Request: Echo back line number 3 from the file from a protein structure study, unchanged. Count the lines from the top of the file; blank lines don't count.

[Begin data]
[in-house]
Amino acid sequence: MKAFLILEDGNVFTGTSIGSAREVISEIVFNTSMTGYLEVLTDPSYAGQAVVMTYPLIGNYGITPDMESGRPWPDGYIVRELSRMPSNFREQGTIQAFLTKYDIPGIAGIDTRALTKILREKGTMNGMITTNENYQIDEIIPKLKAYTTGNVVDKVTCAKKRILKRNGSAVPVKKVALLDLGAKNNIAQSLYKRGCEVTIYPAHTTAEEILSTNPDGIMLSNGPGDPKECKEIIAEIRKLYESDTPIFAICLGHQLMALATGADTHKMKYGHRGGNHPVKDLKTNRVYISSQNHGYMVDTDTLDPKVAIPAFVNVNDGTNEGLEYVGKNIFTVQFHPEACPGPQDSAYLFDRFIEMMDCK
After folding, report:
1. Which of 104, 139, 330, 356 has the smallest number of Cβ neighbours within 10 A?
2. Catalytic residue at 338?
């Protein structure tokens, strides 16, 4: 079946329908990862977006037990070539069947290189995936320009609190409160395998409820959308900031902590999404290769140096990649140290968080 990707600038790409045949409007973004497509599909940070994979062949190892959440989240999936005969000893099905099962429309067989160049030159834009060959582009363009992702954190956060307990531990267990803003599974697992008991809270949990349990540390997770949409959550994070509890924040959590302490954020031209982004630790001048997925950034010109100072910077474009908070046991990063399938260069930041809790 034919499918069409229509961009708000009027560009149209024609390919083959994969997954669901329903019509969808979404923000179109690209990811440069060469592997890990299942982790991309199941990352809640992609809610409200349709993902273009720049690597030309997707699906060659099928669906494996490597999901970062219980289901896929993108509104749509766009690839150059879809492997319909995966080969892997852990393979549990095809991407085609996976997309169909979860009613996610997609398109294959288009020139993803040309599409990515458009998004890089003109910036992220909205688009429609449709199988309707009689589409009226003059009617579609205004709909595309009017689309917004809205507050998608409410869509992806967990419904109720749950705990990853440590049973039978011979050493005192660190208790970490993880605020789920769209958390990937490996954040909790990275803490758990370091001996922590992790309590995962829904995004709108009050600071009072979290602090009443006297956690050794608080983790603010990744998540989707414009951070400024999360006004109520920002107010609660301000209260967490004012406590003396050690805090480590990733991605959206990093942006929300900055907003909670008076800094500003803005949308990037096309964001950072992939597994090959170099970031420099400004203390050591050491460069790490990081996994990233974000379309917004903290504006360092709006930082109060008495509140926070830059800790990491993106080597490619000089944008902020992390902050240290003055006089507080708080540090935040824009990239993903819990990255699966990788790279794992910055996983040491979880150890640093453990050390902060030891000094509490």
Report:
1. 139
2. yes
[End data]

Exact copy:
After folding, report: